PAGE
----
“Women are at the heart of all four of the plays we're doing,” says Barr. “The season was born out of the choices of the plays we were interested in doing and the actors we wanted to work with. Once we realised how central to each play the female characters were, we just thought, let's go with it. We were also aware that we've never had gender parity with the company, and we feel we've got work to do in that respect. There's a really important discussion going on regarding classical theatre right now about gender, and about how there should be more opportunities for women, and in choosing to do these plays the way we're doing them, we want to reflect that discussion in terms of what's going on I the world right now.”

Barr's new adaptation of The Taming of the Shrew is here styled as a more questioning Taming of the Shrew? This new version combines the original with material taken from The Tamer Tamed, a riposte to Shakespeare's unreconstructed world-view by his seventeenth century protege, John Fletcher.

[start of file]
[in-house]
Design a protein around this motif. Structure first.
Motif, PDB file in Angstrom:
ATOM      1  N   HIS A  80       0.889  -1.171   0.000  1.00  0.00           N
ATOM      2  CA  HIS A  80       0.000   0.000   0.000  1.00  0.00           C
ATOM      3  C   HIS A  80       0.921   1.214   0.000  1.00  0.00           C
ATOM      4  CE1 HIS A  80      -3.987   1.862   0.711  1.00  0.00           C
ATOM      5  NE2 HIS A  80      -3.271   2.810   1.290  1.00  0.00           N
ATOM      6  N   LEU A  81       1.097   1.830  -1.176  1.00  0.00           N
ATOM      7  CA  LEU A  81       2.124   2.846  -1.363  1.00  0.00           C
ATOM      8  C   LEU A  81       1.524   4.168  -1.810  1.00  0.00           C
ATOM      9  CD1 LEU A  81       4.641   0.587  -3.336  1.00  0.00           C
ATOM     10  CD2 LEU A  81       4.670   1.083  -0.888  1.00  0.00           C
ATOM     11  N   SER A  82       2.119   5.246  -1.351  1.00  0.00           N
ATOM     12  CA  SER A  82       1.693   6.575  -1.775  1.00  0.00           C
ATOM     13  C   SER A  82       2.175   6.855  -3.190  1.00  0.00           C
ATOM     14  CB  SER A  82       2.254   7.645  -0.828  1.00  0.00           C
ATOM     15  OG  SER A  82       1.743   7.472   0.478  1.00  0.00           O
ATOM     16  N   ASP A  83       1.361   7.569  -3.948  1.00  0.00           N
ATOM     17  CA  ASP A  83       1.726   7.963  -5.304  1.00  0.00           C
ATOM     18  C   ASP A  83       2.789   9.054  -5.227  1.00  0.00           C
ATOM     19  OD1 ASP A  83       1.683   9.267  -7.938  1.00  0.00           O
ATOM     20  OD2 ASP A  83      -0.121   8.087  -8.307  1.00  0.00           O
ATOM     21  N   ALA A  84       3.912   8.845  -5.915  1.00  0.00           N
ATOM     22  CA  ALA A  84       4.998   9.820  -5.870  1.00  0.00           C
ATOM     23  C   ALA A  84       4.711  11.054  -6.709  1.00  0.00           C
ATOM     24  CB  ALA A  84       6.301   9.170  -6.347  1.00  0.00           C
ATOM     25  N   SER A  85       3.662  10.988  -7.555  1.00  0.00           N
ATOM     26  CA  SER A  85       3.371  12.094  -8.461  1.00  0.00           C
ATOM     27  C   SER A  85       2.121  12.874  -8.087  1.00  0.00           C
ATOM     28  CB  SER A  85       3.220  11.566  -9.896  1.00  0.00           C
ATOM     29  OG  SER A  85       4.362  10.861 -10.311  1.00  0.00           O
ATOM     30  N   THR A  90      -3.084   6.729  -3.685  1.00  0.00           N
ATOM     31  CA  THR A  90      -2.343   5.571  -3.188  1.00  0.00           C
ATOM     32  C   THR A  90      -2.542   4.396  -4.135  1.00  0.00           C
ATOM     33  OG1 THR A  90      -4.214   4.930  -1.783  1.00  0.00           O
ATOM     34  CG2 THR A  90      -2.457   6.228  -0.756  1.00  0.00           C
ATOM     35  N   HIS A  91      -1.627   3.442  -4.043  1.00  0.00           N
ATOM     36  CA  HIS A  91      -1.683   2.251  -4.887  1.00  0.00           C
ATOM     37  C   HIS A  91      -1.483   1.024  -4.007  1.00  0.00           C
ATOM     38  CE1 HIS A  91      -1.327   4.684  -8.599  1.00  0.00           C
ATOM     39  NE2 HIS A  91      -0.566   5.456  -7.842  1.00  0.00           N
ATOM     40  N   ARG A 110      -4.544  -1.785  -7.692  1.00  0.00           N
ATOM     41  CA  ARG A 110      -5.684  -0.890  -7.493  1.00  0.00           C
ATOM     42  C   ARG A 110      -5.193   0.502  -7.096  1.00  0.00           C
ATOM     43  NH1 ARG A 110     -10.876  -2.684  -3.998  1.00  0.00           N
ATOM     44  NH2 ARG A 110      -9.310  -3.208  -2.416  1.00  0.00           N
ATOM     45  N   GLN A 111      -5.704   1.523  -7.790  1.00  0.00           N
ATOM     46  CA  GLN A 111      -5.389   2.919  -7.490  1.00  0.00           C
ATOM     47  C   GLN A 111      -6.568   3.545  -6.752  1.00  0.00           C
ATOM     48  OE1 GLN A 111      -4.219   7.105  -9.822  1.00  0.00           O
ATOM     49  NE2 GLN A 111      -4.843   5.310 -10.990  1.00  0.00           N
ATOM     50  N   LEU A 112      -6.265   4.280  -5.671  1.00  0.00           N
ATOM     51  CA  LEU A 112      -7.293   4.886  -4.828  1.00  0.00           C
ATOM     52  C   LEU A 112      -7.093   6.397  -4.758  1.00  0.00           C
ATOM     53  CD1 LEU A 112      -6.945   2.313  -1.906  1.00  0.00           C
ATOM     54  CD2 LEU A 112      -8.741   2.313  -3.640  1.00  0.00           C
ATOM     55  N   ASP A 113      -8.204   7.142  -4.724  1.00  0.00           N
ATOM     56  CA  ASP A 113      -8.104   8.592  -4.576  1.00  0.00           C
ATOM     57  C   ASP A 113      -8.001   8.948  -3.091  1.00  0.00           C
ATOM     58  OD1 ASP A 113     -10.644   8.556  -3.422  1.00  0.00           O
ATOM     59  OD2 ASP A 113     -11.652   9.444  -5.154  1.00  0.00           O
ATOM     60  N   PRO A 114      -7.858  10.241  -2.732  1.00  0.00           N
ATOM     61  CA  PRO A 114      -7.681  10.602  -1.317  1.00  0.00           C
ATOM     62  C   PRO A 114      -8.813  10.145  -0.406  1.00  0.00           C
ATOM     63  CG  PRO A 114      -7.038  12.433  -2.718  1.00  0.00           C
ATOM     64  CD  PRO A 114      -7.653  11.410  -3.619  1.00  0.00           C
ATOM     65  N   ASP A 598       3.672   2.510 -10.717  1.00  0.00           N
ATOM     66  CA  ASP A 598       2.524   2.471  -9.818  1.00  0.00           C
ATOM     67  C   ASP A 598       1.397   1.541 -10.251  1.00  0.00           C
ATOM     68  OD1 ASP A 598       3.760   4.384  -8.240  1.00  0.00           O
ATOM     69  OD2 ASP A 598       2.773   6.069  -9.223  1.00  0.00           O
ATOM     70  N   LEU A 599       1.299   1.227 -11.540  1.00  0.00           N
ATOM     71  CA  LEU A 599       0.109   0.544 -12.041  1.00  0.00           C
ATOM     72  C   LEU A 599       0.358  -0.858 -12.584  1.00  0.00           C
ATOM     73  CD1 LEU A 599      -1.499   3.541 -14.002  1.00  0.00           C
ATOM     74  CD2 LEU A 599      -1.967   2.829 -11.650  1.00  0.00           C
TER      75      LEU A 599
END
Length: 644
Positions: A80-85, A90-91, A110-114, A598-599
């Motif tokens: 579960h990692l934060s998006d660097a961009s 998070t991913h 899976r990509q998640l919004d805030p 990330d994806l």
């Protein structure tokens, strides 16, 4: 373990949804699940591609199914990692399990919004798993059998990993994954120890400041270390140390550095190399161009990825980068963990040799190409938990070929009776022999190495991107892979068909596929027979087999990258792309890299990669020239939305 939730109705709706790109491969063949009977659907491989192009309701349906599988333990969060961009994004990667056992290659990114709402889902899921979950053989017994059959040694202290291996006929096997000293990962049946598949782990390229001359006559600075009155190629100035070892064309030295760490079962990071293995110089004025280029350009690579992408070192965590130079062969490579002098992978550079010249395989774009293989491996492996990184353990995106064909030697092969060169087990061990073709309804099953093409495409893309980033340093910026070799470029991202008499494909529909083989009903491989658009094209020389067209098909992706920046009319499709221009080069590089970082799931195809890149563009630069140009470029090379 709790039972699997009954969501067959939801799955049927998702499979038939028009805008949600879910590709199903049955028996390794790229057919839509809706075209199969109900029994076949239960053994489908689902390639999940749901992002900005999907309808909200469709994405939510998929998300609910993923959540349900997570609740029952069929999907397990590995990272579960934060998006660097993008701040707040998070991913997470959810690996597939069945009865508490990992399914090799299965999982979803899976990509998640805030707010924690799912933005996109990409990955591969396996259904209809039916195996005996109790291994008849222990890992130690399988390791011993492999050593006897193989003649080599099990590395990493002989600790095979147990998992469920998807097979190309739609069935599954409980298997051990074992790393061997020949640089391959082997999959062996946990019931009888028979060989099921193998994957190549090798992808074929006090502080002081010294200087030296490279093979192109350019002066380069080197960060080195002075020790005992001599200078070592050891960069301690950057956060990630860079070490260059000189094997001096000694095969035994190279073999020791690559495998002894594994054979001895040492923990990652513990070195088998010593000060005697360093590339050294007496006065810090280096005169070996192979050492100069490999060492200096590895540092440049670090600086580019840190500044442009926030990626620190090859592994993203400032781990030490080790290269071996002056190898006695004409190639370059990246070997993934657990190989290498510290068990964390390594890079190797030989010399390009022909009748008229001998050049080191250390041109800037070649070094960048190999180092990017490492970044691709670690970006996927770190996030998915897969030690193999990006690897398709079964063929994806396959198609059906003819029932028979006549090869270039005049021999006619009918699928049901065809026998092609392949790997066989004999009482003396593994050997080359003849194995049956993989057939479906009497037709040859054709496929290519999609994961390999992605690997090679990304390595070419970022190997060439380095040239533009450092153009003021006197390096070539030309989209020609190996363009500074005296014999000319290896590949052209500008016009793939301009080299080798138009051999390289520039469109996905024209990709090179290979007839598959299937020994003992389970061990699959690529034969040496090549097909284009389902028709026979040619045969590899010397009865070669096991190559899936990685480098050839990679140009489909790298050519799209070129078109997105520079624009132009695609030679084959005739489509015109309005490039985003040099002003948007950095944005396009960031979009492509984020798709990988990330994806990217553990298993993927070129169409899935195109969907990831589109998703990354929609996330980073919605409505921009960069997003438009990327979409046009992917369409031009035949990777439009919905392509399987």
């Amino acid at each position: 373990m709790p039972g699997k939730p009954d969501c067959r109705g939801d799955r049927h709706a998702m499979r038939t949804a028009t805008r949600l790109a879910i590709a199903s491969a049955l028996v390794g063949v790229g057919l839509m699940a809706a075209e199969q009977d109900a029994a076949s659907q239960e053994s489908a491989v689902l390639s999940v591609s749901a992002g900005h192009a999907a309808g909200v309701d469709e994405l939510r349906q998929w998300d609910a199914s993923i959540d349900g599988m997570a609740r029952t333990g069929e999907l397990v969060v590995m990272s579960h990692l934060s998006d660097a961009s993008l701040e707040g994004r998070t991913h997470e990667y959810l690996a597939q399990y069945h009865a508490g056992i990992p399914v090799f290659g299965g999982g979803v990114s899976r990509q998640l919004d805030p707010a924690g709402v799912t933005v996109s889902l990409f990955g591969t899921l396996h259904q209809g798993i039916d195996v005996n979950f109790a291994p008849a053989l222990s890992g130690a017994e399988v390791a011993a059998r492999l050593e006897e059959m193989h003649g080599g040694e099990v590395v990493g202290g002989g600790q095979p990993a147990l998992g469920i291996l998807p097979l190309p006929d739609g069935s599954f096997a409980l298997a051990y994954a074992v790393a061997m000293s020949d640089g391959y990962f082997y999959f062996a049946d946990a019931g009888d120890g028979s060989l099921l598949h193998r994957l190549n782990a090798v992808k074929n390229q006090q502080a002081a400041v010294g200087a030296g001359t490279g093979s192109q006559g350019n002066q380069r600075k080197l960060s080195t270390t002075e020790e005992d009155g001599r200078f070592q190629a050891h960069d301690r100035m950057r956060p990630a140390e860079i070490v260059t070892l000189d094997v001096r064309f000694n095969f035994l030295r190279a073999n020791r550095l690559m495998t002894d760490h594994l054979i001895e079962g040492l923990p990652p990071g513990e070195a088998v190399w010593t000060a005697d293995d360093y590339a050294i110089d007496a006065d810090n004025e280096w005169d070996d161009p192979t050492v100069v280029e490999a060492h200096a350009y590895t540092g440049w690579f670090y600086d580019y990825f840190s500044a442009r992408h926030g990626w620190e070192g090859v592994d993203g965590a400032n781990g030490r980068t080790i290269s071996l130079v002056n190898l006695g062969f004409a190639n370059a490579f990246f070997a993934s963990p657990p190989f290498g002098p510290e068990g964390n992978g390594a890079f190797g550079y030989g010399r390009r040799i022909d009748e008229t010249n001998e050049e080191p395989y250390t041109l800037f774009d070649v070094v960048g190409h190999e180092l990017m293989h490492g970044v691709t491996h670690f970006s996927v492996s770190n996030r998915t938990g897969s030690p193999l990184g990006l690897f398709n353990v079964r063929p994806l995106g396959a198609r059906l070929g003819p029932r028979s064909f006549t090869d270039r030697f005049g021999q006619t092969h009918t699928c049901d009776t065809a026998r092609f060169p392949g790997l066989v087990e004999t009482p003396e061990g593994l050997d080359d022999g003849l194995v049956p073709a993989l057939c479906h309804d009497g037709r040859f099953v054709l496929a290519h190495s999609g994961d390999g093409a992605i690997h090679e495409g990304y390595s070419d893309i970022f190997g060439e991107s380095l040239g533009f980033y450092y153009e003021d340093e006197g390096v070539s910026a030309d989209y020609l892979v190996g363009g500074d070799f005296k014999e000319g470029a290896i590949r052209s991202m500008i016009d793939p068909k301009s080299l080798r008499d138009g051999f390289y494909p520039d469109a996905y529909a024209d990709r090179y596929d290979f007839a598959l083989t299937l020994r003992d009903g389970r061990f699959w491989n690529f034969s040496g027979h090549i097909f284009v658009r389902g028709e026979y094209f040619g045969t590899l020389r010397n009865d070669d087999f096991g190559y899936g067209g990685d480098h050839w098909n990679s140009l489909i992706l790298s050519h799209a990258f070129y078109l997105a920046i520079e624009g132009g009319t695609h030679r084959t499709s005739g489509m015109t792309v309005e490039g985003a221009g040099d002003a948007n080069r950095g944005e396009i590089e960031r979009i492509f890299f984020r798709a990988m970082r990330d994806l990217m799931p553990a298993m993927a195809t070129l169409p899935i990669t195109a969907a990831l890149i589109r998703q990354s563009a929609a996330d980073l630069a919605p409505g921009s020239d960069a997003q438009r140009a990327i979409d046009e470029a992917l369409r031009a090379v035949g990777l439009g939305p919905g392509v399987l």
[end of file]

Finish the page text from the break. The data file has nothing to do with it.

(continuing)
“Given the name of the season it's something of a controversial choice,” Barr says of Shakespeare's original. “However you look at the play now, what happens in it is distasteful in many ways. By putting in material from The Tamer Tamed, we can see that Fletcher is saying that what Petruchio did to Kate is wrong. We've set it in the 1950s, when society was still steeped in old-fashioned attitudes towards women, but where things were beginning to change, and by doing it the way we're doing it, Kate gets her chance to fight back.”

The production of Timon of Athens that opens the same night has no need for such a reinvention.